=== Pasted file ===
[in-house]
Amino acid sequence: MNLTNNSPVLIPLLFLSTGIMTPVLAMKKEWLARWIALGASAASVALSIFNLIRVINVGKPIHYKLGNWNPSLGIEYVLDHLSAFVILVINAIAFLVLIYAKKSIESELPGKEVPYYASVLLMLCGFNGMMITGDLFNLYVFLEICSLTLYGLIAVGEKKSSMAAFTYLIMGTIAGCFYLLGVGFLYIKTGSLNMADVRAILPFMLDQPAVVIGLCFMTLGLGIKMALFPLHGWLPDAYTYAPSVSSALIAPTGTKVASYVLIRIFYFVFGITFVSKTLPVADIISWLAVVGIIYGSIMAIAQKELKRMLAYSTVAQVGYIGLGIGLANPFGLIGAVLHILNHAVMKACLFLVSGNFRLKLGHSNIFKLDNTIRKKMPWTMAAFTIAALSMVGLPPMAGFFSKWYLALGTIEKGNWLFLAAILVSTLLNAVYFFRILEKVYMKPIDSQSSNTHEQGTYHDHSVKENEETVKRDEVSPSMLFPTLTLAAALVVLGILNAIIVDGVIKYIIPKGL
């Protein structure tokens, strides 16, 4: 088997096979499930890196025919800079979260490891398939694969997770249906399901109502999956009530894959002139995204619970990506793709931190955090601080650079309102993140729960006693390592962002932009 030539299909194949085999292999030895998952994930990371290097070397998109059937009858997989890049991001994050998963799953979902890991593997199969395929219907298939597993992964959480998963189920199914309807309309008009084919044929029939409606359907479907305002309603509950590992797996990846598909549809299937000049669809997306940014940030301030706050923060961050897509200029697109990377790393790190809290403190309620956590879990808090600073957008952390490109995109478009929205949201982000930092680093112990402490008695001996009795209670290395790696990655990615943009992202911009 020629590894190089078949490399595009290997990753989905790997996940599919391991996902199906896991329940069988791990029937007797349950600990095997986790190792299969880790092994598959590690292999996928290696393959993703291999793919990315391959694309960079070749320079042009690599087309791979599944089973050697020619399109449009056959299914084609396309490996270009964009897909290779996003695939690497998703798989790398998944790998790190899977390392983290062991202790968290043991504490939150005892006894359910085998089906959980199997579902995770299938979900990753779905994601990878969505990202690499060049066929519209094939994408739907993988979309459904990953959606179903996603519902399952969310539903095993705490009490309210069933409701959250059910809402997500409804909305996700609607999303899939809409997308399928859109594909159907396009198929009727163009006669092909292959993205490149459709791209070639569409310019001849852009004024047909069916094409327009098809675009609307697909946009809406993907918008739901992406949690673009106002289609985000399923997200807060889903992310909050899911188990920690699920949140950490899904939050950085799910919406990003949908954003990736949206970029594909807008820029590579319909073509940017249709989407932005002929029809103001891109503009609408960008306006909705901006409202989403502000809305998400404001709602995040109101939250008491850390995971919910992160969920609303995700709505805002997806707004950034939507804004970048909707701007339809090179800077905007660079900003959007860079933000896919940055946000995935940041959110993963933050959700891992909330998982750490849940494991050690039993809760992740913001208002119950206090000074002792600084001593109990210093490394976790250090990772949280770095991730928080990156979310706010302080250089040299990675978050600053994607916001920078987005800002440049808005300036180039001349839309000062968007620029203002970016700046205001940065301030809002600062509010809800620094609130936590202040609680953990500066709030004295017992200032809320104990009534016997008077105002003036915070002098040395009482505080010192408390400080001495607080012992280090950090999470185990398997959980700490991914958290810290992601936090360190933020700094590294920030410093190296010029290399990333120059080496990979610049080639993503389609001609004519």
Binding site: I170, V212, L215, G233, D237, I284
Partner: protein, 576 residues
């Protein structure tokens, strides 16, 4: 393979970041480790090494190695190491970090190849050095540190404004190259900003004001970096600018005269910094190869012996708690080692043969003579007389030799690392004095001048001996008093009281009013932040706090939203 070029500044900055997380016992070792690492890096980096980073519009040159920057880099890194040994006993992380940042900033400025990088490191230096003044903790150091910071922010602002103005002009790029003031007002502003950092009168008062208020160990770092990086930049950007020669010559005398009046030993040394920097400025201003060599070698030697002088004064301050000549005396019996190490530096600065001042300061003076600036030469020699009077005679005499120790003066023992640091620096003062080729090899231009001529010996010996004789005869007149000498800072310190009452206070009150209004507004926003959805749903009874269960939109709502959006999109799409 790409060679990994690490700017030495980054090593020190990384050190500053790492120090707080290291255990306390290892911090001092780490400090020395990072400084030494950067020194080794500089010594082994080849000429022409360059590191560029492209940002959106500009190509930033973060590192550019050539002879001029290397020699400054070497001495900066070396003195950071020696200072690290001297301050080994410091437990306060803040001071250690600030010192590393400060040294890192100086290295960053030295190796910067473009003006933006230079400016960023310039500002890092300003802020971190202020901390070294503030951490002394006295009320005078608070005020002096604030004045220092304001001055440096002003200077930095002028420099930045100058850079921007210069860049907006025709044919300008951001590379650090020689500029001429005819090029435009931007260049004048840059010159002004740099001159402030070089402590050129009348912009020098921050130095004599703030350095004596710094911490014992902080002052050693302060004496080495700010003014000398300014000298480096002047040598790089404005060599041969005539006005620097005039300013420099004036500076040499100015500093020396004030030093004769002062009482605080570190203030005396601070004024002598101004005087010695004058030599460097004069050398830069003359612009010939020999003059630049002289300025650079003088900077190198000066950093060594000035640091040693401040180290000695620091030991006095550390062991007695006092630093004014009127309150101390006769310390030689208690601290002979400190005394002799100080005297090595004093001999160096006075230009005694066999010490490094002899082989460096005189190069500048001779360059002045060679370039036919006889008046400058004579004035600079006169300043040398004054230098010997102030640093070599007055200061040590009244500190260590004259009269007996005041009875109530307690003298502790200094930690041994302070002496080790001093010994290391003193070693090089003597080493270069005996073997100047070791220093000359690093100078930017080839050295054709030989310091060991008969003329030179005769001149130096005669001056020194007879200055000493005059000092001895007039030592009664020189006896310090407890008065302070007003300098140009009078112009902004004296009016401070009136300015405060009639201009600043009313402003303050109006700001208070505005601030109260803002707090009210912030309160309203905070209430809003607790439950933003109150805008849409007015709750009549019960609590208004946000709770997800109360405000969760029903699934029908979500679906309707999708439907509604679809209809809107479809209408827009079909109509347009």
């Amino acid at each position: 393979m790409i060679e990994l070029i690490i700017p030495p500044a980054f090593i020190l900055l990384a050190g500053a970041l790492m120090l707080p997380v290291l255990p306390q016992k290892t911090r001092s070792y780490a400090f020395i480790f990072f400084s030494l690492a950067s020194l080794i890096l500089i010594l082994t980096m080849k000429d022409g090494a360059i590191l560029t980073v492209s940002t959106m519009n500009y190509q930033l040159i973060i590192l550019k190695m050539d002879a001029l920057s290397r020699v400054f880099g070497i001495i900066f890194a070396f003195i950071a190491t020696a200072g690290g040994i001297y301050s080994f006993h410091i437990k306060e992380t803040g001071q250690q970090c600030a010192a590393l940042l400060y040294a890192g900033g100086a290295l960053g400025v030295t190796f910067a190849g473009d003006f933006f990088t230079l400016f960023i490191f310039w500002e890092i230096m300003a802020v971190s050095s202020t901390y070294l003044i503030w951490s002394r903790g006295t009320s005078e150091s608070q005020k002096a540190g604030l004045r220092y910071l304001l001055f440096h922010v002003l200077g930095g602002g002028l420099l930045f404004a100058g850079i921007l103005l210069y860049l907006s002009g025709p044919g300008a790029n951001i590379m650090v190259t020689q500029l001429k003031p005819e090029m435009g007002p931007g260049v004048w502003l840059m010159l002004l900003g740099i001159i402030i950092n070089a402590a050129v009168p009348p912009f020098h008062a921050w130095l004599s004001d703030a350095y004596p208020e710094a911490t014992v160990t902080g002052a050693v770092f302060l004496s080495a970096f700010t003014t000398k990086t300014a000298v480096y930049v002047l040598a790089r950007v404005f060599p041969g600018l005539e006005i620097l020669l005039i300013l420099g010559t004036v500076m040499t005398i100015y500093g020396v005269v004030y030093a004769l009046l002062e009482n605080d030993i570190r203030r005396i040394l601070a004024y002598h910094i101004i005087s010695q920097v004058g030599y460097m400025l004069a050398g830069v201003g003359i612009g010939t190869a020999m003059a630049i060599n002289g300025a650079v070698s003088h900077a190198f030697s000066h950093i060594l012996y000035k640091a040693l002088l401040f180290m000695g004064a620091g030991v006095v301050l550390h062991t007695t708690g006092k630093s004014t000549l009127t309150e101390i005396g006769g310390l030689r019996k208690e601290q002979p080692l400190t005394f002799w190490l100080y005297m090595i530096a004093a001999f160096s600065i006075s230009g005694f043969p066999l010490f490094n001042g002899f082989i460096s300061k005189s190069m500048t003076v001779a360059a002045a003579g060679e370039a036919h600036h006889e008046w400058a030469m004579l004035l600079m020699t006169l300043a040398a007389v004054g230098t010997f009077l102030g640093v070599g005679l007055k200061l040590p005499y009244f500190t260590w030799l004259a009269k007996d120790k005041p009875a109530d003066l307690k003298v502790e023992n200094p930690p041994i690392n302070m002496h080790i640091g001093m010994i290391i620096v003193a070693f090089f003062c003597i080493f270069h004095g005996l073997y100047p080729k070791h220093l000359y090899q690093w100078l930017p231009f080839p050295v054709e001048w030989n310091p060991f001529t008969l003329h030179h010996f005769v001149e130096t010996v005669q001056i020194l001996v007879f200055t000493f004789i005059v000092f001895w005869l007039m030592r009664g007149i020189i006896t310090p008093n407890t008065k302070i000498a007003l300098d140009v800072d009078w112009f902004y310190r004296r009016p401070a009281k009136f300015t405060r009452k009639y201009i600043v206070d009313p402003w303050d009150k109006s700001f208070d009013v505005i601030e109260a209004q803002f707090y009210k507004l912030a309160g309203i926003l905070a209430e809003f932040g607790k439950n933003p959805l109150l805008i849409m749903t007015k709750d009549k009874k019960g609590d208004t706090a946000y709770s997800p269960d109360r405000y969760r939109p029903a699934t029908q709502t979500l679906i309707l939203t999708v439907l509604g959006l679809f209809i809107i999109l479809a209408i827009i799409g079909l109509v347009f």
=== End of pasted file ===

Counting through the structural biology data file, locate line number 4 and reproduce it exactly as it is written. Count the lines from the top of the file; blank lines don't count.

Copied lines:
Binding site: I170, V212, L215, G233, D237, I284